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July 24, 2019 | Phones and Junk Food: Two Addiction Epidemics Needing Attention

Danielle Park

Portfolio Manager and President of Venable Park Investment Counsel (www.venablepark.com) Ms Park is a financial analyst, attorney, finance author and regular guest on North American media. She is also the author of the best-selling myth-busting book "Juggling Dynamite: An insider's wisdom on money management, markets and wealth that lasts," and a popular daily financial blog: www.jugglingdynamite.com

I take public transport wherever possible and, in doing so, have the opportunity to observe the epidemic of compulsive phone and junk food consumption.  A large and growing body of scientific studies connect the two in brain chemistry and the rising tide of diet-related illness, anxiety and depression.

Yesterday I had a two and a half hour train ride behind a mom and child about age 8.  I could not help but notice that throughout the ride, they consumed bag after bag of different junk foods virtually non-stop while scrolling through electronic devices.  I was reading, but the mom’s phone was facing me through the seats so I could not help but note that she scrolled social media and continually took selfies in various facial expressions which she reviewed and revised throughout the ride.  The daughter was wearing headphones over her ears and watching a laptop.  Verbal communication between the two of them was nearly nil.  (On a separate issue, near the end of the ride, the train conductor delivered a colourful plastic bag of throw-away plastic ‘kids club’ junk to the child, but I digress.)

This is not to be critical of this mom and this child; the pattern of behaviour is widely common today.  But being a student of addiction and sobriety programs for years through my immediate family, I know what compulsive behaviour looks like.  It appears obvious that junk food and phone addictions need awareness and treatment like any other.

The role that regulation and policy plays in this area is, as always, uncomfortable to define.  But we have rules around the use of drugs, alcohol, tobacco and gambling, especially when it comes to minors. We are clearly in need of more education and behaviour guidelines in this area as well.  Implementing productive policy responses is difficult to be sure, but mounting social and sick-care costs are too expensive to ignore, and there must be a responsibility on adults to lead.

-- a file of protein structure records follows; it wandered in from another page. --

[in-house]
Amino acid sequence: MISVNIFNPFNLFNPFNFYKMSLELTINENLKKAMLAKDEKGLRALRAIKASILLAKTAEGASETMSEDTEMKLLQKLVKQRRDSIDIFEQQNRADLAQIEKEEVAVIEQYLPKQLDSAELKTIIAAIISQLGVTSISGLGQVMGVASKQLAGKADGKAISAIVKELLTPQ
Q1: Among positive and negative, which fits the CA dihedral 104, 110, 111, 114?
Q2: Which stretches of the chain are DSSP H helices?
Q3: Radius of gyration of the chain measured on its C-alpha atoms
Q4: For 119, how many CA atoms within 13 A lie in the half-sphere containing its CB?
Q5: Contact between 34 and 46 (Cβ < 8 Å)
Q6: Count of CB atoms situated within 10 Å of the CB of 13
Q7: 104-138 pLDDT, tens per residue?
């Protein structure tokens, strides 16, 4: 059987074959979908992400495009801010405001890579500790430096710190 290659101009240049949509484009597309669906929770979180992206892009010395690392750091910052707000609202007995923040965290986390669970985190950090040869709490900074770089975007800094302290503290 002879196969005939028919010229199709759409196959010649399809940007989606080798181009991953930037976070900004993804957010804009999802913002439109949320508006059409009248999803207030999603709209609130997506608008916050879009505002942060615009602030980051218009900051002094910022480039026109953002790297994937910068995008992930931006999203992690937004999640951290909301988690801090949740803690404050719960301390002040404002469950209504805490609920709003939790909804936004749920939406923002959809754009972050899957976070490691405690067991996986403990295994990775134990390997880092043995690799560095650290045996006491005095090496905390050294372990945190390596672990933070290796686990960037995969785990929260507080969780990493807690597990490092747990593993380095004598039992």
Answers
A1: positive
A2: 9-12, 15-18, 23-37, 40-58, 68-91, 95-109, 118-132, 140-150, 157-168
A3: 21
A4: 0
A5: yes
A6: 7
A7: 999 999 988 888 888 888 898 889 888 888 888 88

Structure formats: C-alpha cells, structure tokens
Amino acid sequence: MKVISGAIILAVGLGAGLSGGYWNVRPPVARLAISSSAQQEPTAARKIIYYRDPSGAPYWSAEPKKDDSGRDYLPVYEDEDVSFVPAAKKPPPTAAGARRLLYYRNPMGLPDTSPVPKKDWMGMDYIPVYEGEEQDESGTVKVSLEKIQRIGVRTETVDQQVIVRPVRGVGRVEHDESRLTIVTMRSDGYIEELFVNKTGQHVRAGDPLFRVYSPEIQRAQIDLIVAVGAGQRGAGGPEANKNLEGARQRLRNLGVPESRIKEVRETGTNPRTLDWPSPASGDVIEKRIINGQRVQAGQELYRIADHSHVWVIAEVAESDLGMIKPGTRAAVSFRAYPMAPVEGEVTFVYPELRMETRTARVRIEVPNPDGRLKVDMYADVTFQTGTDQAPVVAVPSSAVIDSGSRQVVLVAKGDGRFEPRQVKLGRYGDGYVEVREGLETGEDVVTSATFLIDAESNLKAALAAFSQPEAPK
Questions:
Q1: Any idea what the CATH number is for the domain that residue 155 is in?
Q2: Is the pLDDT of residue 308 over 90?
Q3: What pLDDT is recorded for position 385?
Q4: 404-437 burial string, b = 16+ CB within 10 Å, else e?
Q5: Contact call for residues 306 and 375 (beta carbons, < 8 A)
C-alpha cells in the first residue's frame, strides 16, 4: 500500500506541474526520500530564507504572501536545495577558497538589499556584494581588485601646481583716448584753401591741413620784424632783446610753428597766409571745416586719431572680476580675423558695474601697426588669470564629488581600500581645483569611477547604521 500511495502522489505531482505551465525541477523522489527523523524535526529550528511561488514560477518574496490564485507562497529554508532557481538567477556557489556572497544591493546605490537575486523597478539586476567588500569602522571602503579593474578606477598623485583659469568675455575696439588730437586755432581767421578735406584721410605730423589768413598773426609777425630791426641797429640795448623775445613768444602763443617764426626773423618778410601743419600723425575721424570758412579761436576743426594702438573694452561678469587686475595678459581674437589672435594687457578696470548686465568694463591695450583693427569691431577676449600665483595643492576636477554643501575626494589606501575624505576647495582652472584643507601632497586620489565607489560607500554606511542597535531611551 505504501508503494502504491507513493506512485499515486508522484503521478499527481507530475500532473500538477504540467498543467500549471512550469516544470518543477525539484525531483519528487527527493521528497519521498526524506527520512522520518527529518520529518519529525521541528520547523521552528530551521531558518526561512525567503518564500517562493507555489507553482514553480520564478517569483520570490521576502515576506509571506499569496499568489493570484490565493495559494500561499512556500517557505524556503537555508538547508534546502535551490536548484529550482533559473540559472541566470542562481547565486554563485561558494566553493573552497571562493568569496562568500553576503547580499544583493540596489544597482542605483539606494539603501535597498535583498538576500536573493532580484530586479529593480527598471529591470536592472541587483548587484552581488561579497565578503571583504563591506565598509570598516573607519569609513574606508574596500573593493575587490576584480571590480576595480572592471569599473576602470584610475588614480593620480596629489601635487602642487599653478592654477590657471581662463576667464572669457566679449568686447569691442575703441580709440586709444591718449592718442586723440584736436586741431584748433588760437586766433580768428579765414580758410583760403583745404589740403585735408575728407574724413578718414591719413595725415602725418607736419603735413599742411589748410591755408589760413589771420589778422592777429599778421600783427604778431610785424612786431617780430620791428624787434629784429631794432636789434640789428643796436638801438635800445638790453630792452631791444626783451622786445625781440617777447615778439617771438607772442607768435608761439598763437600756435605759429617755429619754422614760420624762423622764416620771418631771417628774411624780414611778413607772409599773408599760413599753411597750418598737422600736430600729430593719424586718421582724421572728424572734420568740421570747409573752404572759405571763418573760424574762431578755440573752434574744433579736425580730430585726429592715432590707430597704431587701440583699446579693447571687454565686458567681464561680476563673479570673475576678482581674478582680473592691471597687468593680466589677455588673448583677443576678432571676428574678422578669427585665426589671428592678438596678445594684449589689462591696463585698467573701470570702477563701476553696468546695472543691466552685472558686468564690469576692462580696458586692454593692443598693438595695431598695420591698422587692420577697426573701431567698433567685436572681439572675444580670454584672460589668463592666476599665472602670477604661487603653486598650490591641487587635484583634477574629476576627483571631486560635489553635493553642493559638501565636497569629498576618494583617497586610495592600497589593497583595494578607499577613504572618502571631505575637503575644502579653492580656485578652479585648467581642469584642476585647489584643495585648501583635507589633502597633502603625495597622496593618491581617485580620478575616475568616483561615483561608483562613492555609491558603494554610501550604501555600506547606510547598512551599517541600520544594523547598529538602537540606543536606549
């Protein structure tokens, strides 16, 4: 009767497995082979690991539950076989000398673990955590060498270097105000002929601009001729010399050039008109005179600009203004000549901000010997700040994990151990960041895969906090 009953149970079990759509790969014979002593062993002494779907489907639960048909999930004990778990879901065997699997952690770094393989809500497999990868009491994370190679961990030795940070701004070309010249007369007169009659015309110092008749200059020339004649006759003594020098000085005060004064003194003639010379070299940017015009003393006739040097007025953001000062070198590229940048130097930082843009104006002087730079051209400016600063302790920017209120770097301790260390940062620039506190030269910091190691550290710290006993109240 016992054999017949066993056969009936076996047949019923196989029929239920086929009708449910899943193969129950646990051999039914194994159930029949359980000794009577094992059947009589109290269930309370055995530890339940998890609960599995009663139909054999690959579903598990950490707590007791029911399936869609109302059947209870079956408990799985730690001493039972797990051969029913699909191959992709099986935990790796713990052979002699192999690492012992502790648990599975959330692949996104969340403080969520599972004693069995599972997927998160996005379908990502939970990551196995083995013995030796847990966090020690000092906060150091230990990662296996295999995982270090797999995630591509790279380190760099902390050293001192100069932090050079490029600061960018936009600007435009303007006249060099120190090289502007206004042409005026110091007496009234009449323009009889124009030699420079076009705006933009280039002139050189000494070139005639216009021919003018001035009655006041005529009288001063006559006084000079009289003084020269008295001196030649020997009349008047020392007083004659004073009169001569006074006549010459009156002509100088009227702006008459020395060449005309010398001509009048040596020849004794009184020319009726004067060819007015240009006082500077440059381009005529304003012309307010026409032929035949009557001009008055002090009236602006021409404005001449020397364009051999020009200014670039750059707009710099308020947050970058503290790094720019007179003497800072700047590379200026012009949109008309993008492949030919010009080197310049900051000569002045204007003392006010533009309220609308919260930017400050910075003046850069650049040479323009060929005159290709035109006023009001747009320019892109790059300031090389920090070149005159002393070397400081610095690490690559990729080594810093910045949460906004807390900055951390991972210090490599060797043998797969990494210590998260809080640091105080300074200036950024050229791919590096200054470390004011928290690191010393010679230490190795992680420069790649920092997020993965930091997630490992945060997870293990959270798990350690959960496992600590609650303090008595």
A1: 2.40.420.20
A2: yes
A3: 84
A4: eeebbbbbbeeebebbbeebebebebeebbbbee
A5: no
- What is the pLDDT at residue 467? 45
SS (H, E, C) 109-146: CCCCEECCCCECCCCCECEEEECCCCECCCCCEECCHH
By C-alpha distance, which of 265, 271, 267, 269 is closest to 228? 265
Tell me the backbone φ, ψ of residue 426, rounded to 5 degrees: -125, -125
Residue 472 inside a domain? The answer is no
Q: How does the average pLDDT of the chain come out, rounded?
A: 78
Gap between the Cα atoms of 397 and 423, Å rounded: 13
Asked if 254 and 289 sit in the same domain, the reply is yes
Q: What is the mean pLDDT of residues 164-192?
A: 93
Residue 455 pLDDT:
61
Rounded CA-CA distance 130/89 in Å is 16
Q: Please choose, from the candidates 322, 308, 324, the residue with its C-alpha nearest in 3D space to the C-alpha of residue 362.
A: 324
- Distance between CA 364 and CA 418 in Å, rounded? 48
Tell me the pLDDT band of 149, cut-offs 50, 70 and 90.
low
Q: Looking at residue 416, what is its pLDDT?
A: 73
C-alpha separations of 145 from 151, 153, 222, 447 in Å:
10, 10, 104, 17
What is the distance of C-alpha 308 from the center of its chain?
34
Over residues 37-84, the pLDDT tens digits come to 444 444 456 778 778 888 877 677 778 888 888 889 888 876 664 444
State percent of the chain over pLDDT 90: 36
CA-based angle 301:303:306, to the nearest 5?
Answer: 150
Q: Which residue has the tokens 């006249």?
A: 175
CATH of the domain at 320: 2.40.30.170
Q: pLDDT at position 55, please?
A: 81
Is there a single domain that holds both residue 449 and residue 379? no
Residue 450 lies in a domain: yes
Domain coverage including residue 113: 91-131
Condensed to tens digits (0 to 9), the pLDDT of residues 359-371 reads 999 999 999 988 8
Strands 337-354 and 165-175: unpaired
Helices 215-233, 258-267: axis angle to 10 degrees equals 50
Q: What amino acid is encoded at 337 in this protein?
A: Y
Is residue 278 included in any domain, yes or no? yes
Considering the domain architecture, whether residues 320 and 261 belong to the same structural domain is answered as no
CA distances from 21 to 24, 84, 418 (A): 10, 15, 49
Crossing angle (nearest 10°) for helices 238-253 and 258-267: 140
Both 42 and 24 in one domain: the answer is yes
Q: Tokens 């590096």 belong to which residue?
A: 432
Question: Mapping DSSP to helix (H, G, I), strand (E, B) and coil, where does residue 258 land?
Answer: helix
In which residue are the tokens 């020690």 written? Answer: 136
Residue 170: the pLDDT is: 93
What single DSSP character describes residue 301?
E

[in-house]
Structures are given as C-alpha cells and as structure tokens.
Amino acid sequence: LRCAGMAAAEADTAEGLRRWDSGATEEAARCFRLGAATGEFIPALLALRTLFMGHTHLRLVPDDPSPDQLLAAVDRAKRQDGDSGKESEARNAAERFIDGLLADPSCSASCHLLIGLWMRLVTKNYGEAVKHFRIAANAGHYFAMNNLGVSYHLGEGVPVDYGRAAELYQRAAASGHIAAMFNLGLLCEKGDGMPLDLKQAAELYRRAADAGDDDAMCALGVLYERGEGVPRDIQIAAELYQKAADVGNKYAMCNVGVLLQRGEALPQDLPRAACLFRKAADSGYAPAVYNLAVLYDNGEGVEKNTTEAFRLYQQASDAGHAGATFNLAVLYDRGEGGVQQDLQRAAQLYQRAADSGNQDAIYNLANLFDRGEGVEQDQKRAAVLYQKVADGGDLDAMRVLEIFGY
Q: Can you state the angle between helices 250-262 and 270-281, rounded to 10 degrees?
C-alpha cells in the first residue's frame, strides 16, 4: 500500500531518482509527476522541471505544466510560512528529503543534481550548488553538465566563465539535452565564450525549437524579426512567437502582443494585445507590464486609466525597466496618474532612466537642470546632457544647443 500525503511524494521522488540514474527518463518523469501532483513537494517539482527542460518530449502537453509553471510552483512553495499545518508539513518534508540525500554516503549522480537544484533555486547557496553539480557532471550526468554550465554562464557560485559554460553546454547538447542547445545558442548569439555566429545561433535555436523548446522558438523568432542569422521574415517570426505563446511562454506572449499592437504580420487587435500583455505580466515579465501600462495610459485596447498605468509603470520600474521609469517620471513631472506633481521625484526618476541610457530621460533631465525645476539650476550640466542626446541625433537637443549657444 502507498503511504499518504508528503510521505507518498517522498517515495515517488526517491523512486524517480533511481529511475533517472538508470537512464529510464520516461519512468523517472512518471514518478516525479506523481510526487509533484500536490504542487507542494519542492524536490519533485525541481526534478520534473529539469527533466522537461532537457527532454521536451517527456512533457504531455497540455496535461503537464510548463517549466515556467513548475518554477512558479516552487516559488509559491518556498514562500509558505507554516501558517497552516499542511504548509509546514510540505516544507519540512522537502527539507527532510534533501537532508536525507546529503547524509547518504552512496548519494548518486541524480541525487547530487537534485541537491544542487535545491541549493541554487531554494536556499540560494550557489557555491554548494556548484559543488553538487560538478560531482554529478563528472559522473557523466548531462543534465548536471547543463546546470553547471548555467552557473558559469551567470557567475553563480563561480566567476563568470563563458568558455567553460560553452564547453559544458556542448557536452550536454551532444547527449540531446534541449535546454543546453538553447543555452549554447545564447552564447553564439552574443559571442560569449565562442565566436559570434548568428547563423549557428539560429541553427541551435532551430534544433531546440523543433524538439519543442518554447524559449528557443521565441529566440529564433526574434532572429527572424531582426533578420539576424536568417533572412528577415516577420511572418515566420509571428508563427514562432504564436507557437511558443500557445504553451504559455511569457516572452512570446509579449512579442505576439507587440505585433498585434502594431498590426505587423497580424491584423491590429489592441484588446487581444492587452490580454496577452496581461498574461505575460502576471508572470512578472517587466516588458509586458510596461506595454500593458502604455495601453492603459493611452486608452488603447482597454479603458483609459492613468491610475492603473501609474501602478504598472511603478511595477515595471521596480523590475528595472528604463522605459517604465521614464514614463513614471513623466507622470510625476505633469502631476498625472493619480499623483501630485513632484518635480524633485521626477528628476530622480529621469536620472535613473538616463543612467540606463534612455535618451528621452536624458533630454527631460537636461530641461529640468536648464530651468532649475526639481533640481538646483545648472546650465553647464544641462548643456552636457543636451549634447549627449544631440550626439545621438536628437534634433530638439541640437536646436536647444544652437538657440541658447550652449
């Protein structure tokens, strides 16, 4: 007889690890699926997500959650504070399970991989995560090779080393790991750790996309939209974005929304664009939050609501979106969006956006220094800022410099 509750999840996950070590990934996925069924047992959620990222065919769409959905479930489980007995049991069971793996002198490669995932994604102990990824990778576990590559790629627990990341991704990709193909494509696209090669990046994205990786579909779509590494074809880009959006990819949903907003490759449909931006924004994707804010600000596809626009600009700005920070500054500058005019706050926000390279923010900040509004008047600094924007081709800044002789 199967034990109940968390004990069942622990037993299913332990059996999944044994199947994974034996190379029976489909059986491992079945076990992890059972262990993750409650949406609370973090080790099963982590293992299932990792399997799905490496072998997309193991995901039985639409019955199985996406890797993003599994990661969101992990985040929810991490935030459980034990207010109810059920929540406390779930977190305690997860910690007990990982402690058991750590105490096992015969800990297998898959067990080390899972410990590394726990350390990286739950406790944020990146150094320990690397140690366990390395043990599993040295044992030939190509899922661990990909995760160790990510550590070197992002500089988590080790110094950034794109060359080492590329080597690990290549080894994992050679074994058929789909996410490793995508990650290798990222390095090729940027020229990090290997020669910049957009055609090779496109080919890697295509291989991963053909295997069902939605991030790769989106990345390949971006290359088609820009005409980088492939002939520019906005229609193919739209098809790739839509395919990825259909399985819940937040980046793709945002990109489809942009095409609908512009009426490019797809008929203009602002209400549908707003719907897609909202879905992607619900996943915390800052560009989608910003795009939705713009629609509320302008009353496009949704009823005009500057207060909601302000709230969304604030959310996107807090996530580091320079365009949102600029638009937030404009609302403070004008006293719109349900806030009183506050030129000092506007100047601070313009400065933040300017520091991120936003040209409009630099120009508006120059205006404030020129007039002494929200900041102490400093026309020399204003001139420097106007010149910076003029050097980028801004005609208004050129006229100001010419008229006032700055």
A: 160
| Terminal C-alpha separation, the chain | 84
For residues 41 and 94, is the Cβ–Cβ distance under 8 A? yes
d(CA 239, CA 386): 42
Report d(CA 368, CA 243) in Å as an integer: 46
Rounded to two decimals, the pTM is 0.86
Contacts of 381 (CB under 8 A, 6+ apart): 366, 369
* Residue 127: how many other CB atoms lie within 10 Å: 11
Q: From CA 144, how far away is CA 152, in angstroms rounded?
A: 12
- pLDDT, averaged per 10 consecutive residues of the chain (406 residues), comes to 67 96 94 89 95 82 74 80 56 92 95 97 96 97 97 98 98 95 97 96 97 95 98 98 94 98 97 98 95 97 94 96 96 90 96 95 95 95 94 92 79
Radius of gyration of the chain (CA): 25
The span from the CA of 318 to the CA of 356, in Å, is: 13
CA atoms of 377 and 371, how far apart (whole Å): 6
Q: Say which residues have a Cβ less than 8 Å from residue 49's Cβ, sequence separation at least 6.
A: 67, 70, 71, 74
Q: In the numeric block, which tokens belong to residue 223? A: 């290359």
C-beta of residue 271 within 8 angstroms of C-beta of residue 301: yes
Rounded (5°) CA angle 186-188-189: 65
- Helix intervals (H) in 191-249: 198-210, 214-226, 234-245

Italy is making news today with proposed initiatives in this area, see Italian MP wants to treat phone addicts like drug addicts and send teens to rehab.

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July 24th, 2019

Posted In: Juggling Dynamite

One Comment

  • Avatar Richard says:

    You are providing us with an excellent example of a collectivist mindset — which is very problematic and at the core of so many issues. “There ought to be a law” against this or that — that’s a collectivist mind. Rather than coercing people into obedience in your personal code of acceptable behaviour, why not try and persuade people so that it’s a voluntary thing, rather than say… having the GOVT force people into rehab? You are advocating for a system of totalitarian control, whether you know it or not – despite glimpses of a free market thinker at times. Study the difference between collectivism and individualism … I have no doubt once you do, you will abandon collectivist attitudes. But just so the point isn’t completely lost, I too think it’s tragic at what some kids and adults eat, their addictions to their phones, the damage being done to them with EMF exposure, etc etc. Part of it comes from the lies and deception on a global scale about things like GMO, pharmaceutical drugs, vaccines, central banking, and on and on it goes. We need to expose the truth, and help persuade others…we shouldn’t be advocating for more laws, rules, regulations to restrict our behaviour. The biggest challenge is uncovering the truth and getting ‘the useful idiots’ to open their eyes, listen, and act accordingly, so we can stop perpetuating the insanity.

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